Next Week

June 12, 2009

Scheduled data and planned central bank meetings do not shape up to be market-moving in the week ahead.

Analysts expect a trio of Latin American central bank rate cuts next week from Mexico, Chile and Colombia.  A rate cut in Turkey is also likely.  In Japan, Norway and Switzerland, however, central bank meetings are not expected to result in key rate reductions because the benchmarks are already quite low — 0.1%, 1.5%, and 0.25%, respectively.  Tarullo, Duke, Evans and Warsh of the Fed, BOJ Governor Shirakawa and Bank of Canada Governor Carney have speaking engagements in the period.  The Bank of Japan releases minute from its May meeting as well as its monthly bulletin, and the Bank of England will publish minutes from its interest rate meeting earlier this month.

Quite a few governments will be releasing price data.  The U.S. CPI and PPI, Canada’s CPI, Euroland’s and Italy’s CPI, Germany’s PPI, The Swiss producer and import price indices, the Polish CPI, the Czech PPI, the British CPI and the Malaysian CPI.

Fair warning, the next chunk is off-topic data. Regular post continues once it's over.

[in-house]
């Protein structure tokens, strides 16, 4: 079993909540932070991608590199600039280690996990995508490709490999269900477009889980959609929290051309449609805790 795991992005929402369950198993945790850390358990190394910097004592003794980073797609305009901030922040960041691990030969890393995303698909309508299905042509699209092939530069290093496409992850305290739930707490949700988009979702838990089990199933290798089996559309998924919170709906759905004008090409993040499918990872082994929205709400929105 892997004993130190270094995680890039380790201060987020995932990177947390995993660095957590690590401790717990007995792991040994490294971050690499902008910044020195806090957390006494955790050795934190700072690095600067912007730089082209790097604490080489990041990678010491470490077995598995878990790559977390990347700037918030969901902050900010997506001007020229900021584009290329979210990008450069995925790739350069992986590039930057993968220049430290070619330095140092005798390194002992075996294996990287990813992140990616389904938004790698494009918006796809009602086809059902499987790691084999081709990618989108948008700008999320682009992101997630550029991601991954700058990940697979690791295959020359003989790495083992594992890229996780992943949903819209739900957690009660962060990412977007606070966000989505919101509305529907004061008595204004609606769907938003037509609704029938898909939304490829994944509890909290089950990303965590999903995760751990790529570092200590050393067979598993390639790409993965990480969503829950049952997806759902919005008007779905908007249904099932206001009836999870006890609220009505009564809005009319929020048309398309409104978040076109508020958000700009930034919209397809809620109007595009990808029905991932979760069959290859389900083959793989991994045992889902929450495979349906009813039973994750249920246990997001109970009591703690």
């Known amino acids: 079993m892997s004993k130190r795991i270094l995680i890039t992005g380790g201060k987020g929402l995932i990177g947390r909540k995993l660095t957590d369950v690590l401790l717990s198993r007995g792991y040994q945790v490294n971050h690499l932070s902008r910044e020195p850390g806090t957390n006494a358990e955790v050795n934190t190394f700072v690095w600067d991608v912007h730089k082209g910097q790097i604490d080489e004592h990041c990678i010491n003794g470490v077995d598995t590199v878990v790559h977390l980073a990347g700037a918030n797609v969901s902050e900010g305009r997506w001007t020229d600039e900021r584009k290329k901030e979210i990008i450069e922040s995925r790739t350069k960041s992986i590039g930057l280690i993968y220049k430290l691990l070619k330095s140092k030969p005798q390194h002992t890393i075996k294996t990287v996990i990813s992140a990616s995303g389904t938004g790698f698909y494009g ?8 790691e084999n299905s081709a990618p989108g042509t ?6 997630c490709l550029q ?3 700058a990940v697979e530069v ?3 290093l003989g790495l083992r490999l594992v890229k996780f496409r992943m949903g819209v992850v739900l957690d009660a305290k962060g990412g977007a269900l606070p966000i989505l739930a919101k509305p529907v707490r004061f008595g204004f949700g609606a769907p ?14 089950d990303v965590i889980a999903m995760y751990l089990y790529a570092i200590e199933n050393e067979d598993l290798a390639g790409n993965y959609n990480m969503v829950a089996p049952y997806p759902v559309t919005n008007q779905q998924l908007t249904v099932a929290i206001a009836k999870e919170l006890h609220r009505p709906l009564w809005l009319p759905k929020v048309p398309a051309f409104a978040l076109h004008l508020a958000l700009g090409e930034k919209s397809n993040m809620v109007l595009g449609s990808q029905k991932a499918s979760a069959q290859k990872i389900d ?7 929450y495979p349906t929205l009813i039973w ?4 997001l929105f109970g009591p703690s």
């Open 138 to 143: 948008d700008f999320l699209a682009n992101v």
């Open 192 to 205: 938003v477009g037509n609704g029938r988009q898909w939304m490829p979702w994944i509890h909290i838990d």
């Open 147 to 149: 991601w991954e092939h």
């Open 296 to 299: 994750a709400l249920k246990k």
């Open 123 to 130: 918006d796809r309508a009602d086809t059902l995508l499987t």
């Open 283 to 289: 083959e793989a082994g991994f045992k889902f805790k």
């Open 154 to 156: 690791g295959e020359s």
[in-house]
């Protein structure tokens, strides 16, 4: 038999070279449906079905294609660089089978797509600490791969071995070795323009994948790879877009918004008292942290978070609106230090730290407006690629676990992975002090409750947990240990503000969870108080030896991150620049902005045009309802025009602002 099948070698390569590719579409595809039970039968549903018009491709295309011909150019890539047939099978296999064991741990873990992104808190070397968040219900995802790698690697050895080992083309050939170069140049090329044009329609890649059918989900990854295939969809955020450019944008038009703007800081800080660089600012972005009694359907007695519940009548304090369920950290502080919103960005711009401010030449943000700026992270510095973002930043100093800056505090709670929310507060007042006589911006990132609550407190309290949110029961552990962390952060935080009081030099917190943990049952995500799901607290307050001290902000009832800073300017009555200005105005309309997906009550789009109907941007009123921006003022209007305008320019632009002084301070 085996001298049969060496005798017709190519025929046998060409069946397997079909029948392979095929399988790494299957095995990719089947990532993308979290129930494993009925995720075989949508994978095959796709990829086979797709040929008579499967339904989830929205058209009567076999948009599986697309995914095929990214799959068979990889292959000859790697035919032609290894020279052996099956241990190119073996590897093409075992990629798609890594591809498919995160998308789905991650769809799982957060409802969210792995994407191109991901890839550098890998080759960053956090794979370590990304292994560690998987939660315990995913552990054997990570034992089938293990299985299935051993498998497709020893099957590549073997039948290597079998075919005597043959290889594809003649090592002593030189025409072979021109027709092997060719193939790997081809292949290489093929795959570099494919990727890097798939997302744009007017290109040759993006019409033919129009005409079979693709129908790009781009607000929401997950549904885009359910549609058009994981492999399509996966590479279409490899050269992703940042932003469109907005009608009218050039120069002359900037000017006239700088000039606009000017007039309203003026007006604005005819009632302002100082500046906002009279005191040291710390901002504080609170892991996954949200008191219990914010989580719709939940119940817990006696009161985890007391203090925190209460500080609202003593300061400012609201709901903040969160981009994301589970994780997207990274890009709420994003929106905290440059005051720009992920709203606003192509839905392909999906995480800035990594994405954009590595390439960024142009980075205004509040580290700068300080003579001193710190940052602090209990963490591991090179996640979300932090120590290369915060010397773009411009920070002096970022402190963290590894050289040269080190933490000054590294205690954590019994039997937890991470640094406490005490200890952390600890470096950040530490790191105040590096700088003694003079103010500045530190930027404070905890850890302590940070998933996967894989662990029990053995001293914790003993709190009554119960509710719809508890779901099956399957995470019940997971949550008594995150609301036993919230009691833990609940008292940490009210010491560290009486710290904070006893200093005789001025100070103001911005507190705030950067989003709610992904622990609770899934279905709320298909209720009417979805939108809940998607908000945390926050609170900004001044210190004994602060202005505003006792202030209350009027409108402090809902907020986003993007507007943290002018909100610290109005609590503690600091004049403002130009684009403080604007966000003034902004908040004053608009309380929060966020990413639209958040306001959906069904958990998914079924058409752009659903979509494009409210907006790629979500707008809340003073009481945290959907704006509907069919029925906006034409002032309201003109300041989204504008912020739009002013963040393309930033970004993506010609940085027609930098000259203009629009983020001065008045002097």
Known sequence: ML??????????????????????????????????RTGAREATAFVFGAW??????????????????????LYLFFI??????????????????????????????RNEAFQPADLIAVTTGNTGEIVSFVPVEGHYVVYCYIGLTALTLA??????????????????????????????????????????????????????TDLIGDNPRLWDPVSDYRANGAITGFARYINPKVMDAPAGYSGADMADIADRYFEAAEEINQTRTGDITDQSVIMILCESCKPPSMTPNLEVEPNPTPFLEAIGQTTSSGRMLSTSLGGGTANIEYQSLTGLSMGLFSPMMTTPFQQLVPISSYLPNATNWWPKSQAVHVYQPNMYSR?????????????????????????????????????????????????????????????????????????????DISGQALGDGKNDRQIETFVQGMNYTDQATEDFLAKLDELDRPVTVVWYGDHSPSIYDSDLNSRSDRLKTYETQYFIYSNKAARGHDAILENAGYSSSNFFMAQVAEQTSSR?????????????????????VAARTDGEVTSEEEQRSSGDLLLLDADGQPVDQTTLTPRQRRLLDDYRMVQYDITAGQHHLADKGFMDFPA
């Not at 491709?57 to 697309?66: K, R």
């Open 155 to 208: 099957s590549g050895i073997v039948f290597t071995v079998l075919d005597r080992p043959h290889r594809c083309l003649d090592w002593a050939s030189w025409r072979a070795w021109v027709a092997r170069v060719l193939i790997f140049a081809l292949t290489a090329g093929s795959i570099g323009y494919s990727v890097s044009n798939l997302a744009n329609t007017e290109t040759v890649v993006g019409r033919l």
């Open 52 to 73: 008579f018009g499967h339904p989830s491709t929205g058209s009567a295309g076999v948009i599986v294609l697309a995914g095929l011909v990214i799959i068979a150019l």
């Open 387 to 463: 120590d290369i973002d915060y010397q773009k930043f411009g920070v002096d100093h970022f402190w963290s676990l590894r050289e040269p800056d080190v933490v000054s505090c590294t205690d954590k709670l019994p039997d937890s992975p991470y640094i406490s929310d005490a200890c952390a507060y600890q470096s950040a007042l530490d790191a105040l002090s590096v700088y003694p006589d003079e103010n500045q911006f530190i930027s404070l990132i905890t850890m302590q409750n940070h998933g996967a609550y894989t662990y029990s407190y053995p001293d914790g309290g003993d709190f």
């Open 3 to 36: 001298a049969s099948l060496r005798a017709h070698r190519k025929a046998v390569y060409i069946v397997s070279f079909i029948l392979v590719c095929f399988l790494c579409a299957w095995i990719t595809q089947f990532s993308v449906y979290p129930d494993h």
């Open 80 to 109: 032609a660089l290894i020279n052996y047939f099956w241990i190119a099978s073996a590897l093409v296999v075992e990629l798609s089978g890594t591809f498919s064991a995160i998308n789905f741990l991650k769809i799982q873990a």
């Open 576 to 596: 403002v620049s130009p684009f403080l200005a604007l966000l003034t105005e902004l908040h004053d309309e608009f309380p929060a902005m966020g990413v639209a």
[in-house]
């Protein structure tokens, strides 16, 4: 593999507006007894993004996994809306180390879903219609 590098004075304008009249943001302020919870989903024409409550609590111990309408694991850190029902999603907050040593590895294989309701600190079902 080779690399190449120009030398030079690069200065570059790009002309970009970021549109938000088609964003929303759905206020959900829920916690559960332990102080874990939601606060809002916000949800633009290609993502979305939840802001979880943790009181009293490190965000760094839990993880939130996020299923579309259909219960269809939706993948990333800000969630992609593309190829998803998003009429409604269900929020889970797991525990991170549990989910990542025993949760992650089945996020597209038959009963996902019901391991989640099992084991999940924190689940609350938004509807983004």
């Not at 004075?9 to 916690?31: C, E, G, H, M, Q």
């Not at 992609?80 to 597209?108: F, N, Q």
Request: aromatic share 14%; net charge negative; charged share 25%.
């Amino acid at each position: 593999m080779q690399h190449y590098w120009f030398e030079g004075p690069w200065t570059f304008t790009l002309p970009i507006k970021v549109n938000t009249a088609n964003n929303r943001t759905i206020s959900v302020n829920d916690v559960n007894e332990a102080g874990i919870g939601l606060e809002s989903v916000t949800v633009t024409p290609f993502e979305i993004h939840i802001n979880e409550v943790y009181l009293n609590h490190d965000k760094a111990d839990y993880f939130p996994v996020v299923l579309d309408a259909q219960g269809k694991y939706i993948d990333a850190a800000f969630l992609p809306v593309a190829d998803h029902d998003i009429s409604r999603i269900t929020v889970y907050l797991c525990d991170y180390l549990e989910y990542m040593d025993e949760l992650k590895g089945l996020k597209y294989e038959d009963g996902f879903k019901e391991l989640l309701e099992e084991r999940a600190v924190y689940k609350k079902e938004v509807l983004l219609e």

Other scheduled U.S. data include the first-quarter current account, the Treasury TIC report on capital flows, housing starts and permits, the NAHB index, the index of leading economic indicators, the Philly and New York Fed surveys, and the usual weekly figures for energy inventories, jobless claims, and chain store sales.

Britain reports labor and wage statistics, retail sales, public finances, M4, and the CBI survey of industrial trends.

From Euroland comes quarterly employment and labor costs as well as monthly trade numbers.  Italy and France release unemployment.  The ZEW Institute indices for investor sentiment toward the German and Ezone economies are scheduled, too, as are Italian trades and wages, German producer prices, and Dutch and Belgian consumer confidence. Norway reports trade figures, while Sweden announces unemployment.

East European releases will include Czech producer prices and Polish industrial production.

From Down Under comes Australian housing starts and leaders and New Zealand factory-sector activity.

Elsewhere from the Pacific Rim, Japan has a light slate consisting of department store sales, construction spending, and the Reuters monthly Tankan index simulation.  Singapore releases retail sales, and both Hong Kong and The Philippines announce unemployment.

Besides holding central bank policy meetings, Colombia and Mexico also will release industrial production.

Copyright 2009 Larry Greenberg.  All rights reserved.  No secondary distribution without express permission.


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